Banh khọt is made from a batter of rice flour, corn starch, tumeric powder and coconut milk.The little mini pancakes are cooked in the same type of griddle as Thai khanom krok, but instead of being a sweet dessert like the Thai version, they are savory and eaten with fresh herbs and leafy green vegetables and a small bowl of spicy and sweet dipping sauce.
Banh khọt is very similar to its sister dish, Banh Xeo, or Vietnamese sizzling crepes. The two dishes are wrapped in leafy greens and dipped in a spicy and sweet sauce. However, the Banh Khot is much smaller and thicker than the Banh Xeo.
Local people of the coastal region of Vung Tau and Mekong Delta region should be the first Vietnamese who made banh khọt from bánh xèo batter.Read more
1 bowl rice flour
2 bowls coconut milk
1/2 teaspoon saffron flour or tumeric powder (cheaper)
3/4 teaspoon salt
10-20 fresh shrimps (boiled and cut in half if they are big)
100 -150 gr pork meat (use half lean half fat part) – cleaned, boiled and sliced small
50gr mung bean – no cover (soaked, steamed and grinded)
50gr dried shrimp (grinded well) / optional
1 bowl sliced spring onion + oil mixture, cooked in microwave in 30 seconds
Vegetables: salad, basil, bean sprout, lettuce and any other herbs you love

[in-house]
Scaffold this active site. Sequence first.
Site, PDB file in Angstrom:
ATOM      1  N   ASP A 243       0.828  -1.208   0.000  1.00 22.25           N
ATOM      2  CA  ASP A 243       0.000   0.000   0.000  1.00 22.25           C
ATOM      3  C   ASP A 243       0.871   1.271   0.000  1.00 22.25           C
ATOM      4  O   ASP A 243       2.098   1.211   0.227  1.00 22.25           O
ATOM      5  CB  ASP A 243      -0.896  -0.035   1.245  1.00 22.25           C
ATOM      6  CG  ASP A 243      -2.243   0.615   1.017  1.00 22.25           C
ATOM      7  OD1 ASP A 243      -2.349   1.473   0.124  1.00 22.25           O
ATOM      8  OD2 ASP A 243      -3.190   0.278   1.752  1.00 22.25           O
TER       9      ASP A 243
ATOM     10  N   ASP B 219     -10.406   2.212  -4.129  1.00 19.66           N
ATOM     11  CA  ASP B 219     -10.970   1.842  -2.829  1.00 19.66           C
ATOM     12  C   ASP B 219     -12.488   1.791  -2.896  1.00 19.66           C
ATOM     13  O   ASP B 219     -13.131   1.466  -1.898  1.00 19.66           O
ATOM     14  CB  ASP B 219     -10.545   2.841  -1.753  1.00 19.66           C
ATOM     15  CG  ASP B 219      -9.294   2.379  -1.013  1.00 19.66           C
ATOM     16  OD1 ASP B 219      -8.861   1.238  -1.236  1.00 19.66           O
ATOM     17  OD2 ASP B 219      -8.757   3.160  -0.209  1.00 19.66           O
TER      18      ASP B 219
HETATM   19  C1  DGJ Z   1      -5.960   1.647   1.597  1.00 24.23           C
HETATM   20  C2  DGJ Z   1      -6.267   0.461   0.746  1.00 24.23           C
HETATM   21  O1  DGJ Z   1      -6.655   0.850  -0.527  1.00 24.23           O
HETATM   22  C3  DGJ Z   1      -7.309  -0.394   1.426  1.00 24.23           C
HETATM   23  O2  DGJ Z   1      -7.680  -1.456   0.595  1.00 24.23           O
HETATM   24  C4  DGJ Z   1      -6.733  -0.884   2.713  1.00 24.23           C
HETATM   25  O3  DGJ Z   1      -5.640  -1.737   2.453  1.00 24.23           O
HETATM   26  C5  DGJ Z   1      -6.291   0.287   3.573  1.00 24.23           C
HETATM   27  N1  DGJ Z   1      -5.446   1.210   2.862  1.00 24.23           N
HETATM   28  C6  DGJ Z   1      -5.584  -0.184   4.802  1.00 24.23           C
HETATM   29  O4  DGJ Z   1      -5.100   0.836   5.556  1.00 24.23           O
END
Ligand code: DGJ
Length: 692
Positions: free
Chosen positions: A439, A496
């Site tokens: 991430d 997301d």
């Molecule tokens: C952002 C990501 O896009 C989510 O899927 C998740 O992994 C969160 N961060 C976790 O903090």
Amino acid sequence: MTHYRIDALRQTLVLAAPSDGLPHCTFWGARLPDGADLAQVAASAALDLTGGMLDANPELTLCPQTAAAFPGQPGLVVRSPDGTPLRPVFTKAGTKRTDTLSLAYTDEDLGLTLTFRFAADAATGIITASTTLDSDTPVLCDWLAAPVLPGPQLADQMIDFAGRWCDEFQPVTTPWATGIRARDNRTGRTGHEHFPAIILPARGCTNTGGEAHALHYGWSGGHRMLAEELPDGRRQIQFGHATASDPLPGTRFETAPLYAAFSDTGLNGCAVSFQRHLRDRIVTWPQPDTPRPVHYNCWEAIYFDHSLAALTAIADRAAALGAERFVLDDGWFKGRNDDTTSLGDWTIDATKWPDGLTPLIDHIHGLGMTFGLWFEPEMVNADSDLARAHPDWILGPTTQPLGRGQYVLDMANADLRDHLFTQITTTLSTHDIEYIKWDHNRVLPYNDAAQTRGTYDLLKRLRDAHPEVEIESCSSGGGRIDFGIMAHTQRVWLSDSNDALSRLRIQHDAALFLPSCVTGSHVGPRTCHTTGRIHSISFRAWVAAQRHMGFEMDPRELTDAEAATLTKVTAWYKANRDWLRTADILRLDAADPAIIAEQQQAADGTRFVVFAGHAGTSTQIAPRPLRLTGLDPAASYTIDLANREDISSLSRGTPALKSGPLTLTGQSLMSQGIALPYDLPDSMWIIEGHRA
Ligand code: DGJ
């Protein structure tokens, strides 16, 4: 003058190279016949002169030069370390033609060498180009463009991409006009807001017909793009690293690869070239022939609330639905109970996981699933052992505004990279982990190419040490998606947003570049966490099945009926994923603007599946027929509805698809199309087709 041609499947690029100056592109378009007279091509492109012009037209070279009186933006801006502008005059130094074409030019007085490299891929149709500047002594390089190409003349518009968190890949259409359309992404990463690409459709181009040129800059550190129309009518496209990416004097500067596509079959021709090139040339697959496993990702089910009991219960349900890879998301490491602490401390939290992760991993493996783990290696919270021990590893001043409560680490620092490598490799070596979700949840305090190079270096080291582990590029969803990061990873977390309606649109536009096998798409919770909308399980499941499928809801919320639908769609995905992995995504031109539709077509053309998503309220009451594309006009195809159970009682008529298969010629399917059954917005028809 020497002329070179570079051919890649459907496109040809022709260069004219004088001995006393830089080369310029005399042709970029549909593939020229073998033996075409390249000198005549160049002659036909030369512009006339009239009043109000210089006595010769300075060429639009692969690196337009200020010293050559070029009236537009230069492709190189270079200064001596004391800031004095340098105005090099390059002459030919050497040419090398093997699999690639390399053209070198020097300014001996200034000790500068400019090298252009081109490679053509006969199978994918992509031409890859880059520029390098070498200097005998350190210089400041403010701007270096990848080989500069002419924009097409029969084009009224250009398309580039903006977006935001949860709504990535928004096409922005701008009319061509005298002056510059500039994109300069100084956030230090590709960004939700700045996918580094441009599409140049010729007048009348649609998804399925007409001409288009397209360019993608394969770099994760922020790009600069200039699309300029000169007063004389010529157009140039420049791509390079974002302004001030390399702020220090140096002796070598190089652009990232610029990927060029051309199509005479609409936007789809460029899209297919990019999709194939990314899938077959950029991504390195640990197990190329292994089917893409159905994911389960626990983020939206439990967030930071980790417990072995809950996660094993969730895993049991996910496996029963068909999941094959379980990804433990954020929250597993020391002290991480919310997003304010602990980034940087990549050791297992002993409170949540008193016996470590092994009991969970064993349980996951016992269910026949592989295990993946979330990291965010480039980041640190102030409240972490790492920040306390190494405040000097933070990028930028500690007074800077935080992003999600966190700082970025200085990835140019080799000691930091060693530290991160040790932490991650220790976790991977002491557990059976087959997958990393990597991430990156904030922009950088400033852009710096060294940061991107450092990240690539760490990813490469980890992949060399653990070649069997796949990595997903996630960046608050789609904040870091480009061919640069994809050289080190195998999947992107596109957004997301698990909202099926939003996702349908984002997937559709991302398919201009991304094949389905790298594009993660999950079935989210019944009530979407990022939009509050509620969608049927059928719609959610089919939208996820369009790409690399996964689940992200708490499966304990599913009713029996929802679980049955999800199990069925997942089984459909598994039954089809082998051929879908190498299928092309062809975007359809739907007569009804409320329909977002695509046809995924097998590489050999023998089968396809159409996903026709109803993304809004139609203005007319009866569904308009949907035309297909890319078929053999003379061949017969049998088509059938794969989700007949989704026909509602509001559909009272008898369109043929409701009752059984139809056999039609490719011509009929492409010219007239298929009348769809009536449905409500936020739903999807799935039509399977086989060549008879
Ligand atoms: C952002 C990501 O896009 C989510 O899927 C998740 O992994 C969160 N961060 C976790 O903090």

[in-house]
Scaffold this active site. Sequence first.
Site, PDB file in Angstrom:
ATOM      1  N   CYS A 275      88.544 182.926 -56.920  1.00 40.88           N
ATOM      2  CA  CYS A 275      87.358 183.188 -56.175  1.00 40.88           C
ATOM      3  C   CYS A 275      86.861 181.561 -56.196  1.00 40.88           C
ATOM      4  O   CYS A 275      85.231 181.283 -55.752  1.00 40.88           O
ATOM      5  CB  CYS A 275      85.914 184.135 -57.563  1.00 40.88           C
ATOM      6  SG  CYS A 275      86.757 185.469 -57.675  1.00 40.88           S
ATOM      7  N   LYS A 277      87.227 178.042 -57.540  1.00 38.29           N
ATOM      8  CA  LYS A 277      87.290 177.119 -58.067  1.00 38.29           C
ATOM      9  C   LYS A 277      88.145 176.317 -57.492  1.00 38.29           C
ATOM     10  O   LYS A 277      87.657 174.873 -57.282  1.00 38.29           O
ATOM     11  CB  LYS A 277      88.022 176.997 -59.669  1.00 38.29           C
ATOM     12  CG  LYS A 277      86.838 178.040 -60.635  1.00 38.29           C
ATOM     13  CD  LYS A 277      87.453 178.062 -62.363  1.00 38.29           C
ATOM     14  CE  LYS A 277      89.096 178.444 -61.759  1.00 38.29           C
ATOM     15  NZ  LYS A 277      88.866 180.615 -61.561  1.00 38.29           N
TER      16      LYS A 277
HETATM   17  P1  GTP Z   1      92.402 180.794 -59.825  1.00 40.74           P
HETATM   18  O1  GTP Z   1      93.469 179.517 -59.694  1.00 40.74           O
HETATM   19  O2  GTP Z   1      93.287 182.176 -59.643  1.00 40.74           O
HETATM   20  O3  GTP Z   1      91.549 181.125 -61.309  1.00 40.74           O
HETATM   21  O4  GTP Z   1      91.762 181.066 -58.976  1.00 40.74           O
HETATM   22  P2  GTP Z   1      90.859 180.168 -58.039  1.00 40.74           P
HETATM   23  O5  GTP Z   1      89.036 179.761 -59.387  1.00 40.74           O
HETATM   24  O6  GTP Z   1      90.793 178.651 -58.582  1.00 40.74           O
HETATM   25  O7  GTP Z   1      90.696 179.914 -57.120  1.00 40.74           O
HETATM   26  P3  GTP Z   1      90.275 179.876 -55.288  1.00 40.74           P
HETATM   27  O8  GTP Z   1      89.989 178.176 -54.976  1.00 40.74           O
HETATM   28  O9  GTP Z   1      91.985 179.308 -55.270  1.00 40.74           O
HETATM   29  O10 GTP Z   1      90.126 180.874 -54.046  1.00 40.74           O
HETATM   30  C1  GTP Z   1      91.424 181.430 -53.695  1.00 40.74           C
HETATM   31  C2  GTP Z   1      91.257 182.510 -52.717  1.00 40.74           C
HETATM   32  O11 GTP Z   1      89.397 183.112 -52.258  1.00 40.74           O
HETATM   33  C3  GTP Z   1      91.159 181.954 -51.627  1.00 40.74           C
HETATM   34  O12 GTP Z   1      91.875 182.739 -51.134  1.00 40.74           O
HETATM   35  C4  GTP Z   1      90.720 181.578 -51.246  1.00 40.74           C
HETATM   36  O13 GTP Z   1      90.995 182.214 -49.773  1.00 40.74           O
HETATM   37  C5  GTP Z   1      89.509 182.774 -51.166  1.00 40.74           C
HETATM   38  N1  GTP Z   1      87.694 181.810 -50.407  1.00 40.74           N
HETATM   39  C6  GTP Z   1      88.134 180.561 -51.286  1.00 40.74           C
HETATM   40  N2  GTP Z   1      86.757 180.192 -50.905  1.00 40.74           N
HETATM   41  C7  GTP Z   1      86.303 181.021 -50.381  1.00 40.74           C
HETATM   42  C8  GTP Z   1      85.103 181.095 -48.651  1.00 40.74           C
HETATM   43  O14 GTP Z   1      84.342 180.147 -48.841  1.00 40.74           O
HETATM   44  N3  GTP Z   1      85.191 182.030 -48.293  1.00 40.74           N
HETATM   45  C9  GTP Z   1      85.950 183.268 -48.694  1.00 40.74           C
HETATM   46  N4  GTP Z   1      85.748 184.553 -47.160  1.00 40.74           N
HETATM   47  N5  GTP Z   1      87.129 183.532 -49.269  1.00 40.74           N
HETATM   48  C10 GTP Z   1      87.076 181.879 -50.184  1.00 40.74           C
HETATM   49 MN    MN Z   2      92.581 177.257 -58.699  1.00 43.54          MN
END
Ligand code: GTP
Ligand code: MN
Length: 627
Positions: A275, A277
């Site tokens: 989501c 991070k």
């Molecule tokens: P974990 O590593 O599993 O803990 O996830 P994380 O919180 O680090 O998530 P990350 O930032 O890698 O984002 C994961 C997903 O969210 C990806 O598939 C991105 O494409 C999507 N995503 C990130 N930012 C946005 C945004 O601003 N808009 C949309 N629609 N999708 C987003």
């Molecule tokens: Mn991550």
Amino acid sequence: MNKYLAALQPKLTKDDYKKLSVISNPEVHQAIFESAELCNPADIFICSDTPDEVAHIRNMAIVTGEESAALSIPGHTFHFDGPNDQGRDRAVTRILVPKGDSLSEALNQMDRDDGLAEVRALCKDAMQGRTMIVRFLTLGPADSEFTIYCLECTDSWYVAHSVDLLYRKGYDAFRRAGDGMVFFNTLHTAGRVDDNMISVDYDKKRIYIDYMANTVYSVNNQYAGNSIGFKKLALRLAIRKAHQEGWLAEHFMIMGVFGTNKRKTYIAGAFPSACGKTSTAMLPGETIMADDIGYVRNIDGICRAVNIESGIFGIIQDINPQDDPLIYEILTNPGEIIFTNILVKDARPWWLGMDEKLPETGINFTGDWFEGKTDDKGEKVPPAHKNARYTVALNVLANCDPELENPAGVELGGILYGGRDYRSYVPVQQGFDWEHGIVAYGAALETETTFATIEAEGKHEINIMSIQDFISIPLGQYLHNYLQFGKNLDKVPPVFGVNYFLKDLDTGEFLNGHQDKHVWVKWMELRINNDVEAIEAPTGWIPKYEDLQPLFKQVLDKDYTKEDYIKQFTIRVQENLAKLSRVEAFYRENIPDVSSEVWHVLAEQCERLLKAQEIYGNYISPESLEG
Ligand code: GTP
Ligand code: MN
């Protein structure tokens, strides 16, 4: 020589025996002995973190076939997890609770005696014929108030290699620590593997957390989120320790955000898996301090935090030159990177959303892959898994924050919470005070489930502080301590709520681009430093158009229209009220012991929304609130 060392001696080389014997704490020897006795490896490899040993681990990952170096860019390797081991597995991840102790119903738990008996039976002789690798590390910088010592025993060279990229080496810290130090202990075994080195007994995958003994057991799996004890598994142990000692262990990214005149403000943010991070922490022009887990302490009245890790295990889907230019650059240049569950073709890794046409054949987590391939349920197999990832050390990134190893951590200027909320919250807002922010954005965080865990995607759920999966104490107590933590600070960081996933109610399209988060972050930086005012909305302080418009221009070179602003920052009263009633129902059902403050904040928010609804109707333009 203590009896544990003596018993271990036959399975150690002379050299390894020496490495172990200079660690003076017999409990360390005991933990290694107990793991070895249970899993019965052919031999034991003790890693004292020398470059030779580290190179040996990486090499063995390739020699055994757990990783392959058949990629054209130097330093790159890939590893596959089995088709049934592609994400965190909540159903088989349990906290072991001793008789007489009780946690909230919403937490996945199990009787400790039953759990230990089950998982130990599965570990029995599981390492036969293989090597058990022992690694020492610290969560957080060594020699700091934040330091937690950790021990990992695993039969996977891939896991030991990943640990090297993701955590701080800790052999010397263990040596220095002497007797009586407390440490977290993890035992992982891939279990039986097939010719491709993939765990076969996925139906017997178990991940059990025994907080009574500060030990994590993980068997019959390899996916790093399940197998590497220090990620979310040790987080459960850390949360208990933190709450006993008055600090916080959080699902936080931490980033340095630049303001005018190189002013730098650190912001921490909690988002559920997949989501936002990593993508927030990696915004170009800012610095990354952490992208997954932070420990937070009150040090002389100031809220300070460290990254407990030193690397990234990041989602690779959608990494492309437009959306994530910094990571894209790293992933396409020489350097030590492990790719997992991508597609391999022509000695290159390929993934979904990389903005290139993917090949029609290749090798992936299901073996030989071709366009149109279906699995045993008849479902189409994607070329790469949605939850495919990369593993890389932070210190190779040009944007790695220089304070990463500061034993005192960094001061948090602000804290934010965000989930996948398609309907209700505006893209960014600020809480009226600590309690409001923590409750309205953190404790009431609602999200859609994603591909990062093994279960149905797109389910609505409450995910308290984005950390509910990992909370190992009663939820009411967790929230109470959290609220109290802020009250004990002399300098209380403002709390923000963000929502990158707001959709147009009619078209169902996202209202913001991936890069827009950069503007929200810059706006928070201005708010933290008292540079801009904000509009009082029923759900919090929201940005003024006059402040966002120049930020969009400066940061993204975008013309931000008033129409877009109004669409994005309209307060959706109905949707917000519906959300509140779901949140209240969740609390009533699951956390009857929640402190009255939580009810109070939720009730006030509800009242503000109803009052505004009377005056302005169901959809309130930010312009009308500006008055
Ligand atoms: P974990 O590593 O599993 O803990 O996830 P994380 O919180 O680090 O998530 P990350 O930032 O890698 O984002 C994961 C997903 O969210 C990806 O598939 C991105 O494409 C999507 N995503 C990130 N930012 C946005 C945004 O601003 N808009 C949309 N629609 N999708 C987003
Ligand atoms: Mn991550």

How to cook
In a small bowl, combine the shrimp, whites of green onions, garlic, salt and pepper. Marinate for at least 30 minutes.
Make the scallion oil by combining the green part of the green onion and 1 teaspoon of vegetable oil in a microwave-safe bowl. Microwave for 30 seconds on high.
Whisk together all the batter ingredients.
Place the dried shrimp in a food processor and chopped until fine. In a regular frying pan, heat a tablespoon of vegetable oil on high. Add the minced shrimp and lightly toss until completely dried and toasted. Remove from pan and set aside.
Heat the Banh Khot pan on high and add about 1/2 teaspoon of vegetable oil to each well. Make sure to coat the oil all over the inside of the wells.
Add about 1 tablespoon of batter to each well.
Quickly add shrimp on top of the batter.
Place a lid on the pan and let the batter cook for about 3-4 minutes.
Remove the lid and let it continue cooking for another minute without the lid.
Brush a bit of scallion oil over each Banh Khot and add a dash of the toasted dried shrimp on top.
Remove the Banh Khot from the pan with a spoon, starting from the edges and scooping inward. If the batter breaks apart or stick to the pan, it might not be done yet. Continue to let the batter cook until crispy on the outside before trying to remove again.
Serve with your favorite Vietnamese herbs and a bowl of sweet and spicy dipping sauce.